Why Motorists Weren't Cushioned From Fuel Hike – Regulator

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  • The Energy Regulatory Commission (EPRA) has explained why motorists were not cushioned from fuel hike in its Sunday, February 14, review. 

    EPRA said that they faced a legal setback as they had planned on shielding motorists and consumers from the increase in prices as part of a government subsidy plan. The subsidy scheme entails EPRA ensuring Kenyans do not bear the cost of diesel prices above $50 (Ksh 5,473) a barrel. 

    Super Petrol, Diesel and Kerosene increased by Ksh 8.19, Ksh 5.51 and Ksh 5.32 per litre respectively. The new fuel prices in Nairobi now trade as follows: Super Petrol Ksh115.18, Diesel at Ksh 101.91 and Kerosene at Ksh 92.44 per litre. 

    File image of a petrol station
    File image of a petrol station
    File
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    The February 2021 review excluded the subsidy as the crude oil was purchased at an average of $55.27 (Ksh 6,049). EPRA clarified the issue, saying that the subsidy was not included as the legislative process was not yet clear and ready. 

    “The regulations to operationalise the levy are still under consideration. We want to elaborate clearly how the levy generated from fuel consumers will be used,” EPRA Acting Director Daniel Kiptoo said while referring to the subsidy program unveiled in July 2020 under the Petroleum Development Levy.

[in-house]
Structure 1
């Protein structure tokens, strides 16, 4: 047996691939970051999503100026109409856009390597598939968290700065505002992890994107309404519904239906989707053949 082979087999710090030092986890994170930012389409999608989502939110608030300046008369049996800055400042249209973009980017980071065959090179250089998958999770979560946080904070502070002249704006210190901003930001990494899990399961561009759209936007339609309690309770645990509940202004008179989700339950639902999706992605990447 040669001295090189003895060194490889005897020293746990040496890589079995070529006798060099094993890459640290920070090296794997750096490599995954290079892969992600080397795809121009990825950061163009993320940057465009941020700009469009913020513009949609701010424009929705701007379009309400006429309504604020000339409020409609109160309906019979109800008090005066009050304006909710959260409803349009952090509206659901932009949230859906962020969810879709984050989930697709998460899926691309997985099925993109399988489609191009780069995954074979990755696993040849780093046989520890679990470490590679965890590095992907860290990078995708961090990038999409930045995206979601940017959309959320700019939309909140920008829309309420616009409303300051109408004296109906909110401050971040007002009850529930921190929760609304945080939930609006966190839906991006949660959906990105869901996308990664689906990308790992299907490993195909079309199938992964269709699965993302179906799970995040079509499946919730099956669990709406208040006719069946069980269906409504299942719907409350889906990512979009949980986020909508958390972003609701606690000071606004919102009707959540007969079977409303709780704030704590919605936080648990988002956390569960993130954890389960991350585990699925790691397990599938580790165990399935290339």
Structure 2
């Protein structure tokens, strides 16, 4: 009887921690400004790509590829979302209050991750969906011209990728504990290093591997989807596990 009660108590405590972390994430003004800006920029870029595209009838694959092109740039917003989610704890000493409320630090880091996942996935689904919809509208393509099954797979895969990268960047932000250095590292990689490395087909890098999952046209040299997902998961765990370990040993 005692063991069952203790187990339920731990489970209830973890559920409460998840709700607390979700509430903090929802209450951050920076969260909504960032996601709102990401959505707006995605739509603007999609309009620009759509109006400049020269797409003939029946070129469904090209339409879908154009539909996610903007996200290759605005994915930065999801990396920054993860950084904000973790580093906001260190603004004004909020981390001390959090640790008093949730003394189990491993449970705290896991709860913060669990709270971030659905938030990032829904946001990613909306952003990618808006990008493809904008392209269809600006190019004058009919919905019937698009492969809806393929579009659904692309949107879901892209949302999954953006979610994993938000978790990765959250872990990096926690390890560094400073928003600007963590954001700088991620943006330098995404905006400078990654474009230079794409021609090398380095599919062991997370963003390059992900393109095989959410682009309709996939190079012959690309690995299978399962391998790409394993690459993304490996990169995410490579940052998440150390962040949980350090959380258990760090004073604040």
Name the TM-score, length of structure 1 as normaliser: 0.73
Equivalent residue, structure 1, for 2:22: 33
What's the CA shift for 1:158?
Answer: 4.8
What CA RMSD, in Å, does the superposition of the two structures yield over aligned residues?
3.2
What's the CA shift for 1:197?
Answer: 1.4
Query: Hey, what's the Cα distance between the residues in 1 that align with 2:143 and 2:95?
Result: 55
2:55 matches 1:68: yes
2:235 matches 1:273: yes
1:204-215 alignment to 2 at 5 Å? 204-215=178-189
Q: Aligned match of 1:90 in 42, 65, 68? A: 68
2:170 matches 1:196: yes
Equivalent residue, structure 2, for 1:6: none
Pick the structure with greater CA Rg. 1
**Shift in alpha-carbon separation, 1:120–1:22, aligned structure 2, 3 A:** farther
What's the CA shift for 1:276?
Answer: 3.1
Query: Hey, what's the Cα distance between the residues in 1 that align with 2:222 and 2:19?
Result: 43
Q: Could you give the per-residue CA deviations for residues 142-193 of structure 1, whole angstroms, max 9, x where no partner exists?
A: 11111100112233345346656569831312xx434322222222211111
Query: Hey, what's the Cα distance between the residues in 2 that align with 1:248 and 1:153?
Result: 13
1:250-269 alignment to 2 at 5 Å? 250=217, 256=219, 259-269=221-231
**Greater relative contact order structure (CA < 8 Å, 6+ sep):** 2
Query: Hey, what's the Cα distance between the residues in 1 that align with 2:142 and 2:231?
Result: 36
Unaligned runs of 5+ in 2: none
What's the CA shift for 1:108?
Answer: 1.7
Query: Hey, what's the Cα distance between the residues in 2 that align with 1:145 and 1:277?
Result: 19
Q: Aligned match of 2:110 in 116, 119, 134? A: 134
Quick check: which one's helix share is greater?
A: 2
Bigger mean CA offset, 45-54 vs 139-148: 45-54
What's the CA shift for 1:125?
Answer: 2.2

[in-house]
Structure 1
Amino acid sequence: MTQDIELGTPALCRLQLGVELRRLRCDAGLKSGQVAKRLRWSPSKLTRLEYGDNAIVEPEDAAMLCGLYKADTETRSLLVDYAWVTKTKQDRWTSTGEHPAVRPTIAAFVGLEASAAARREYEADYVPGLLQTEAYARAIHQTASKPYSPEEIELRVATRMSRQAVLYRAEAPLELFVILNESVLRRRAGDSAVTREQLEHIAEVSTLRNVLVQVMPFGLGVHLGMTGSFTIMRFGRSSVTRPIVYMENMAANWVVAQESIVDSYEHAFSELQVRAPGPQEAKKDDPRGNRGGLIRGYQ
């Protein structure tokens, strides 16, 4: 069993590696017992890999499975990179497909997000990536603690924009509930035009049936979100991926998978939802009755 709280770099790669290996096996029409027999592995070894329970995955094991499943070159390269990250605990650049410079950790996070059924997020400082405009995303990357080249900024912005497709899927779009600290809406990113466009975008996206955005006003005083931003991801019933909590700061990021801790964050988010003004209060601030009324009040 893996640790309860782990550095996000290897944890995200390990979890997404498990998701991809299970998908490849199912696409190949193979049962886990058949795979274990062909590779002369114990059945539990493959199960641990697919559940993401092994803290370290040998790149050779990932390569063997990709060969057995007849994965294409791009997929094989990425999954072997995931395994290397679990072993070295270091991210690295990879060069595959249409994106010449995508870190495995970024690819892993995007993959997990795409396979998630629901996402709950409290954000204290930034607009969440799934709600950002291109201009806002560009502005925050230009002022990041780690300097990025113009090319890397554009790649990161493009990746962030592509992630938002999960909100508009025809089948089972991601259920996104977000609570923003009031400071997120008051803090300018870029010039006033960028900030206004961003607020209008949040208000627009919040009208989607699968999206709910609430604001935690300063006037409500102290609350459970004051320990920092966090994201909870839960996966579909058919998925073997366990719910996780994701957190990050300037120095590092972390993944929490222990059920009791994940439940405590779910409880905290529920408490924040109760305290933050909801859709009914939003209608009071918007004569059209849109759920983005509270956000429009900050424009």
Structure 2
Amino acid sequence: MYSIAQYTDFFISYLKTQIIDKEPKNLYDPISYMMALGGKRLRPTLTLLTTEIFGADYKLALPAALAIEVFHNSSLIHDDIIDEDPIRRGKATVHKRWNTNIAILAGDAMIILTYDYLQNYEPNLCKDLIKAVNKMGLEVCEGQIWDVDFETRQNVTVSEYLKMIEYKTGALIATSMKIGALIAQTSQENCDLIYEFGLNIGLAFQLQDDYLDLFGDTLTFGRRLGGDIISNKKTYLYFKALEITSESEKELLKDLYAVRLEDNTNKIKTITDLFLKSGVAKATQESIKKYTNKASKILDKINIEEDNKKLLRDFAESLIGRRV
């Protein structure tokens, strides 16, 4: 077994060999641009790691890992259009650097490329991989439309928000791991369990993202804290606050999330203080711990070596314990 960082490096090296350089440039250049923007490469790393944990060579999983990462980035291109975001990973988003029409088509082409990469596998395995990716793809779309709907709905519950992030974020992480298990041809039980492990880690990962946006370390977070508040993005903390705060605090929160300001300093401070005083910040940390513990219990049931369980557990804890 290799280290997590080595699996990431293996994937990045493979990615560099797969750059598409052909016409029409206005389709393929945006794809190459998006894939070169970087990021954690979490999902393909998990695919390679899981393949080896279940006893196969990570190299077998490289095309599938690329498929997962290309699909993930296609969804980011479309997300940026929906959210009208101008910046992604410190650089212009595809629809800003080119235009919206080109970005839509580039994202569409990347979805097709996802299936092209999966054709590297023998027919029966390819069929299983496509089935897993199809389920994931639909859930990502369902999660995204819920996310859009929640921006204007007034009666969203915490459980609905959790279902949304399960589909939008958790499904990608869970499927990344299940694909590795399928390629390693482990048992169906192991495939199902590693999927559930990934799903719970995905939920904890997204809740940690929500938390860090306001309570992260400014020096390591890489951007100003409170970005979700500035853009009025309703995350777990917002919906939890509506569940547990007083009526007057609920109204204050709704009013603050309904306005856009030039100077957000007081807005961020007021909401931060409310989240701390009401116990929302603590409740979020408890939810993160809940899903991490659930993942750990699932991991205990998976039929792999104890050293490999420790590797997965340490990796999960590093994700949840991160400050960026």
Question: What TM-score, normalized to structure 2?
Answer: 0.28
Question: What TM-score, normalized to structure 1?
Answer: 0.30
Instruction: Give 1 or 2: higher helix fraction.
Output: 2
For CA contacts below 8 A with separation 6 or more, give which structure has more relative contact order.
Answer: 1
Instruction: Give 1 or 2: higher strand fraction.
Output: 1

Fuel consumers contributed Ksh 5.40 a litre from Ksh 0.40. A total of Ksh of Ksh 10 billion was collected in the period between July 2020 and February 2021. The funds were meant to protect consumers from volatility in fuel prices.

    Volatility is measured as the expected change in the price of oil in either increase or decrease. It is aligned with the supply and demand of oil. Oil prices have been stabilising post-Covid-19. However, suppliers said that the demand is still low. 

    On February 10, Kiptoo said that they were reviewing the laws to ensure consumers benefit from the fair pricing of petroleum products. He added that the review is necessitated by challenges being experienced by the current pricing where EPRA updates petroleum prices monthly after reviewing the landing costs. 

    He said that the system has on many occasions seen consumers pay highly for fuel imported several months ago even when global prices are low.  

    “The draft law which contains the subsidy is meant to enhance compliance and gradually reduce or eradicate cases of unscrupulous traders. The regulations will address inadequacies of the existing regulations and expand the legal framework to include defined penalties for various malpractices and provide for enforcement frameworks,” EPRA said in a statement issued on February 10. 

    A section of the Thika Superhighway at Allsops
    A section of the Thika Superhighway at Allsops
    Simon Kiragu
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